This list might be slightly out of date by now but it probably is 

 fairly accurate. In keeping with what looks like D's convention, I


 - all the non-Error subclasses except ModuleCtorError be made 

of
 Error.
 - the ModuleCtorError class should be renamed ModuleCtorException.
 - objects thrown from user libraries should subclass Error instead of
 Exception

 If it would be possible I'd also like to remove or rename Exception so

 people used to Java or C#'s naming convention don't get confused. In


 Throwable is the root of the Error/Exception tree. Maybe D could have
 Throwable, Error:Throwable and FatalError:Throwable and we could get 

of
 Exception to avoid confusion with Error.

 -Ben



-- Using M2, Opera's revolutionary e-mail client: http://www.opera.com/m2/
Aug 24 2004
next sibling parent reply "Matthew" <admin.hat stlsoft.dot.org> writes:
They should both derive from Throwable, and no user classes should be allowed
to derive from Throwable.

There's no excuse for the current state of the exception hierarchy (other than
Walter's workload, I supposed). *Please*
can we have it sorted soon, before people compound the current mess with even
more blunders.


"Regan Heath" <regan netwin.co.nz> wrote in message
news:opsc9jbfq75a2sq9 digitalmars.com...
 Something else that seems odd and has been mentioned before is that Error
 derives from Exception.

 This seems backwards to me, I know it's a small point, but I think it
 would make more sense if Error were the base class and Exception the child
 class.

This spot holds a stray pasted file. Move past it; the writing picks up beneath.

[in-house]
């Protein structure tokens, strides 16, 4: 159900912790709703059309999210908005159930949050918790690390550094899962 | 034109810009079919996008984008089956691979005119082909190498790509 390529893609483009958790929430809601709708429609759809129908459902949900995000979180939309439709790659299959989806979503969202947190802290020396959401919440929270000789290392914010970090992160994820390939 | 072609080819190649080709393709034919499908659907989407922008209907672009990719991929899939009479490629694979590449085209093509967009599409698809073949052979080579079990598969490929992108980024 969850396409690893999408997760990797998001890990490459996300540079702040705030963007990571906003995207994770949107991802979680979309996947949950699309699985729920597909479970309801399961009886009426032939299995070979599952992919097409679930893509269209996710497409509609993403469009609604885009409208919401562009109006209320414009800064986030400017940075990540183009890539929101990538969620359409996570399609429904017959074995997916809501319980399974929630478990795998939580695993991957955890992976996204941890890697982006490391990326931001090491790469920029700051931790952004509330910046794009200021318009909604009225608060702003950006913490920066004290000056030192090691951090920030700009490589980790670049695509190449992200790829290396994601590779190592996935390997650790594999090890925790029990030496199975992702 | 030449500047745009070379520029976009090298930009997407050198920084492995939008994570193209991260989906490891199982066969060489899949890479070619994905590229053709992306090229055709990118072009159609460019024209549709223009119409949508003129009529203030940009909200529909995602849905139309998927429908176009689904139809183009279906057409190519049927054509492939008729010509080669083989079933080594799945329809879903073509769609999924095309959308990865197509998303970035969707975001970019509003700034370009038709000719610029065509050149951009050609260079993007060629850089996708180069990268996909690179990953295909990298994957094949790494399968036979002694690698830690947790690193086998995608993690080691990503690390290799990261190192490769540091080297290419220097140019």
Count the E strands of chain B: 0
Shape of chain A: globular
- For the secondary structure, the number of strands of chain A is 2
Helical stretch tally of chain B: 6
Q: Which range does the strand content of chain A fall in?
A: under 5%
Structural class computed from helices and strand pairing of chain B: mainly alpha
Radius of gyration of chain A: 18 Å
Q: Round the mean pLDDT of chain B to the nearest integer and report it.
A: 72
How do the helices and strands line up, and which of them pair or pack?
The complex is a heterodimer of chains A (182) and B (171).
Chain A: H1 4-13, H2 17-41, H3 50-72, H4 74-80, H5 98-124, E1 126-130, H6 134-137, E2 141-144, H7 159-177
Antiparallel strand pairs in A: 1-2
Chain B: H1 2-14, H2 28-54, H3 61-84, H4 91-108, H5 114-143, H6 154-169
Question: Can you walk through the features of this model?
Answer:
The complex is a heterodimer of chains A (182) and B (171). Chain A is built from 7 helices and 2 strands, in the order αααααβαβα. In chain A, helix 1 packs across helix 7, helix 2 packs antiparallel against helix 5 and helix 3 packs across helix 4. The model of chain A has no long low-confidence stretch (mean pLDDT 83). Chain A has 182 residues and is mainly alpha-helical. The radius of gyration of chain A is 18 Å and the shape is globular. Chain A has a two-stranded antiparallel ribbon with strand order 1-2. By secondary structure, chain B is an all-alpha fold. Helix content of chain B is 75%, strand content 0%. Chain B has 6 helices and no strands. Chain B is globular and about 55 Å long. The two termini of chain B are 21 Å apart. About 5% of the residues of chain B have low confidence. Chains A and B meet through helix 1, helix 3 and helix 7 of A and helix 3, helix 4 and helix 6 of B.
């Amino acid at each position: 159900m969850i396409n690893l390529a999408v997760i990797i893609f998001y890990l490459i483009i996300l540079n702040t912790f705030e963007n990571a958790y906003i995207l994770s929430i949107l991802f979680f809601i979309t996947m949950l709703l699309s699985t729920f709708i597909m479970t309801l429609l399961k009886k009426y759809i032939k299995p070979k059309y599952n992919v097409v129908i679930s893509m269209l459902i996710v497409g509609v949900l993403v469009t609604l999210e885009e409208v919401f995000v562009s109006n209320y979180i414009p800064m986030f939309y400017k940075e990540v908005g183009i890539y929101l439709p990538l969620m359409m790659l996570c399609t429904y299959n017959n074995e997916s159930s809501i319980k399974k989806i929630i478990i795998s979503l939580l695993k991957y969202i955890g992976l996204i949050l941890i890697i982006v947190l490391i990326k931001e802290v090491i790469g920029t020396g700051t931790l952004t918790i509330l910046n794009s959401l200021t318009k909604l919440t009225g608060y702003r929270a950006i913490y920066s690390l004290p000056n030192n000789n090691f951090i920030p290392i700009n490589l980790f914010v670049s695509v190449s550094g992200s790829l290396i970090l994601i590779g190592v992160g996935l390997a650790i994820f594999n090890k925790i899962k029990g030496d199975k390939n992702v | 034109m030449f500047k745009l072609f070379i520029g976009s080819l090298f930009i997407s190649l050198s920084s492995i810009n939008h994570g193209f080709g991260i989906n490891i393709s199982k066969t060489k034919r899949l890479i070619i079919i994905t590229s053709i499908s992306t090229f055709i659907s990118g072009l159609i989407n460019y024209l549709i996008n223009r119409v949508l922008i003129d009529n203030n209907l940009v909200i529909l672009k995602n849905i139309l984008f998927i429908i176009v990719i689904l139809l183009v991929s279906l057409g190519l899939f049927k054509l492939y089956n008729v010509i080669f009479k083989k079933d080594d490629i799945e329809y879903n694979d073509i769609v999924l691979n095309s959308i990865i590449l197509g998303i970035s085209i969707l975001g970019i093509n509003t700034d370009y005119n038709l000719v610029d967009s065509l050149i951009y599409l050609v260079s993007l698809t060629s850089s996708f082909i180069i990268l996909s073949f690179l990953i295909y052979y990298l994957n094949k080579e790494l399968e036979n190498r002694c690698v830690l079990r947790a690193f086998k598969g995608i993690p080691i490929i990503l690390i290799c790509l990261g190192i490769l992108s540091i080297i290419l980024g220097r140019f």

Given the idea is that an Exception is recoverable, then Error derived
  from Exception removes this 'recoverable' property, which goes against the
 OO concept of child classes always adding to base classes.

 I know the 'recoverable' property is actually a non existant, non concrete
 thing and that you could still try to recover after catching an Error,
 but.. it just seems wrong.

 Regan

 On Tue, 24 Aug 2004 15:43:15 -0400, Ben Hinkle <bhinkle mathworks.com>
 wrote:

 whew. Then then std.stream changes will stay (presumably). I think the
 documentation about errors needs updating, too, since it doesn't mention
 the
 Exception class, only Error.

 "Walter" <newshound digitalmars.com> wrote in message
 news:cgg2cc$1518$2 digitaldaemon.com...
 The idea is that recoverable errors should derive from Exception, and
 non-recoverable from Error. So I think the list here needs revising.

 "Ben Hinkle" <bhinkle mathworks.com> wrote in message
 news:cgfm68$v0g$1 digitaldaemon.com...
 Matthew brought this up before, but can we get some sanity in the
 Error/Exception hierarchy (both in phobos and user code)?

 I looked at some user libraries like mango and deimos and they use
 Exceptions. I have been subclassing Exception without even thinking


 it
 because I am so used to Java's scheme. I'm going to redo all my code

use
 Error subclasses and I think we as a community need to get some

 It will be annoying to search-replace the names but the alternative

 mess.

 From a previous post Matthew made here is the list of Error subclasses


 Exception subclasses in phobos:

 Exception
     Base64Exception
     Base64CharException
     FileException
     ExeModuleException
     ModuleCtorError
     SocketException
         SocketAcceptException
     AddressException - shouldn't this be derived from

     HostException - shouldn't this be derived from SocketException??
     StringException
     ZipException
     ZlibException